“Two officers took my banner from me, on which I had written that the wealth of natural resources in Western Sahara should guarantee me a job”, stated Abd Ali Ansari, a 34 year old unemployed Saharawi.
“Then they pushed me and hit me in really sensitive parts of my body. I fell to the ground and I was trampled on. I believe my nose is broken”, stated Ansari, who holds a master degree in private law.
Western Sahara Resource Watch was in contact with Ansari today via a friend of his.
The follow-up of that promise was the trigger that sparked yesterday's demonstration.
“When OCP later announced the qualification criteria, it appeared that the job opportunities would go to non-Saharawis. You see, Saharawis are not allowed to take certain careers at the Moroccan universities. In order to apply, one needed qualifications that are unavailable to us”, stated one of the participants of yesterday’s events to WSRW.
After 40 years of occupation, there are no universities in Western Sahara proper.
Around two dozen demonstrators are said to have been injured in the events in El Aaiun yesterday afternoon. WSRW has not received independent confirmation about the veracity of the numbers of injured, but has been in contact with one of the injured.
The demonstration took place at 5pm yesterday evening, on the Matala Street. The demonstration was organised by a group calling itself "the Sahrawi coordination of unemployed graduates and other deprived people". The majority of those demonstrating is said to have been graduates with university degrees. One of the demonstrators told WSRW that they all remained peaceful and did not block the traffic.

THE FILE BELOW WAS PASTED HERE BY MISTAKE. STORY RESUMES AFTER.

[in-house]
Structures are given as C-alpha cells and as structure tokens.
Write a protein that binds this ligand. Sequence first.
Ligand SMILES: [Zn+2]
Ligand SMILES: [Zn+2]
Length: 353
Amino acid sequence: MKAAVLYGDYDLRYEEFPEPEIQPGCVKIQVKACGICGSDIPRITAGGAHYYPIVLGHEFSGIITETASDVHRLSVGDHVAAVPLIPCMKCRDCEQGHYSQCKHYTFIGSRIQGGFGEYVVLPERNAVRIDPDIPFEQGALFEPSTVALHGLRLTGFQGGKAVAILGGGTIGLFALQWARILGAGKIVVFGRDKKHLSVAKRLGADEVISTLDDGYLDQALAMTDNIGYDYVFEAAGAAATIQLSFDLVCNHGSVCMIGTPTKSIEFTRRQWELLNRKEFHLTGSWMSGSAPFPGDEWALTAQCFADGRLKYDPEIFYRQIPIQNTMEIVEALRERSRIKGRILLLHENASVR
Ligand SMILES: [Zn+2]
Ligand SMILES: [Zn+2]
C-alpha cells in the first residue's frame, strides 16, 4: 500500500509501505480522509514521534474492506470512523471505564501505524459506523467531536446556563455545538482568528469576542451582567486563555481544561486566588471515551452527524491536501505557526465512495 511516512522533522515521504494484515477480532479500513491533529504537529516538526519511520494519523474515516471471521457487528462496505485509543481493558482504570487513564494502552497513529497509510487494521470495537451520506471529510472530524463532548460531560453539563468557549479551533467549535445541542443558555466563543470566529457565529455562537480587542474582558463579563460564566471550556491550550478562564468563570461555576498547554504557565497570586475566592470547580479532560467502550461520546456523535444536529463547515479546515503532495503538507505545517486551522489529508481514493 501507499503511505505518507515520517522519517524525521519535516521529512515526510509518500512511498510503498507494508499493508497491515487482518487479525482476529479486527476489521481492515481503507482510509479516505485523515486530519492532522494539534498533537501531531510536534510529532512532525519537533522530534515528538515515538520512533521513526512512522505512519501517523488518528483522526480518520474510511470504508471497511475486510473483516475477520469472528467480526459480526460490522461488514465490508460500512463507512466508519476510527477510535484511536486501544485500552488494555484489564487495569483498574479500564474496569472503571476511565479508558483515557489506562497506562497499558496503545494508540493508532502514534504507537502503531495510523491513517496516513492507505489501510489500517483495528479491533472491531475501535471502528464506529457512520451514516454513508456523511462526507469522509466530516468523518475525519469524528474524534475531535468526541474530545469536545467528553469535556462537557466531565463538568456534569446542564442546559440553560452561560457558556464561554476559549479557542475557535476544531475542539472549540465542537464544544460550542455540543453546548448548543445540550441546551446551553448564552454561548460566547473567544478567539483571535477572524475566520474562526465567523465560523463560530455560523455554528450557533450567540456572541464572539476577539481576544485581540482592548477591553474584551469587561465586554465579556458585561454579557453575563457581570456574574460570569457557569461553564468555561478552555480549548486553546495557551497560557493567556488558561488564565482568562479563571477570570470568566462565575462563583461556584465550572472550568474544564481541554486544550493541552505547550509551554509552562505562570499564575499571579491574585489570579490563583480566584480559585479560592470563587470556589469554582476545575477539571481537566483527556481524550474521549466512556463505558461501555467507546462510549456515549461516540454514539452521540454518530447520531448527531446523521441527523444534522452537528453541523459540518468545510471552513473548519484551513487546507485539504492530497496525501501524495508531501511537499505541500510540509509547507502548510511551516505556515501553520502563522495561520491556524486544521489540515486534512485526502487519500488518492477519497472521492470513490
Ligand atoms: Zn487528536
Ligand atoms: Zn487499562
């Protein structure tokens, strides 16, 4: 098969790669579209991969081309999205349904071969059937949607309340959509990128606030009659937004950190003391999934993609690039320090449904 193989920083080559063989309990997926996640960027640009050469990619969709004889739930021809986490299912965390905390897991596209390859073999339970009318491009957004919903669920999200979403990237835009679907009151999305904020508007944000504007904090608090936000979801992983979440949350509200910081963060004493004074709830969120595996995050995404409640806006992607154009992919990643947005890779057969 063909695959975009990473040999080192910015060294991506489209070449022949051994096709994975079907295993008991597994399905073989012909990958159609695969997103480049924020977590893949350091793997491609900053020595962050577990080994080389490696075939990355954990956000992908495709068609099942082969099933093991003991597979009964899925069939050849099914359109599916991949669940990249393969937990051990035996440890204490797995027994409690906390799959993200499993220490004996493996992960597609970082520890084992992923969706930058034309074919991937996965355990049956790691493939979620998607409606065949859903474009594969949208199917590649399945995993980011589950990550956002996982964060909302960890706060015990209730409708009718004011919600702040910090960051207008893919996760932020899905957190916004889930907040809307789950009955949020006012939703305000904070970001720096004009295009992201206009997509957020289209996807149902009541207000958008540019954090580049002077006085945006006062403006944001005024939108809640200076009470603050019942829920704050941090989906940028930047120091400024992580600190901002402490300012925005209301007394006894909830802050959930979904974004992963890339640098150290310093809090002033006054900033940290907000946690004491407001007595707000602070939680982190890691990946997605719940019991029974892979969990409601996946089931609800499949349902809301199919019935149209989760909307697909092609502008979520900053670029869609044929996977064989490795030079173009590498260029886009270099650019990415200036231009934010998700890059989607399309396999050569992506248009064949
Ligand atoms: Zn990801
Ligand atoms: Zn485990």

One eye-witness says that the demonstrators were being attacked and abused by uniformed and plain clothed security service personnel. The Moroccan Auxiliary Forces are said to have followed some of the injured to the hospital, where they were harassed.
Morocco’s state owned phosphate mine is the biggest employer in the occupied territory. Morocco took over the management of the mine only few weeks after the occupation, in the last months of 1975. The last years, WSRW has made annual reports on whereto this phosphate rock is exported. Four importers have halted the imports over the controversies.
Morocco occupies the major part of its neighbouring country, Western Sahara. Entering into business deals with Moroccan companies or authorities in the occupied territories gives an impression of political legitimacy to the occupation. It also gives job opportunities to Moroccan settlers and income to the Moroccan government. Western Sahara Resource Watch demands foreign companies leave Western Sahara until a solution to the conflict is found.
It's not easy keeping up with all the different legal proceedings relating to Western Sahara. For the sake of clarity, here's an overview of the five different cases at the Court of Justice of the European Union.
At COP22, beware of what you read about Morocco’s renewable energy efforts. An increasing part of the projects take place in the occupied territory of Western Sahara and is used for mineral plunder, new WSRW report documents.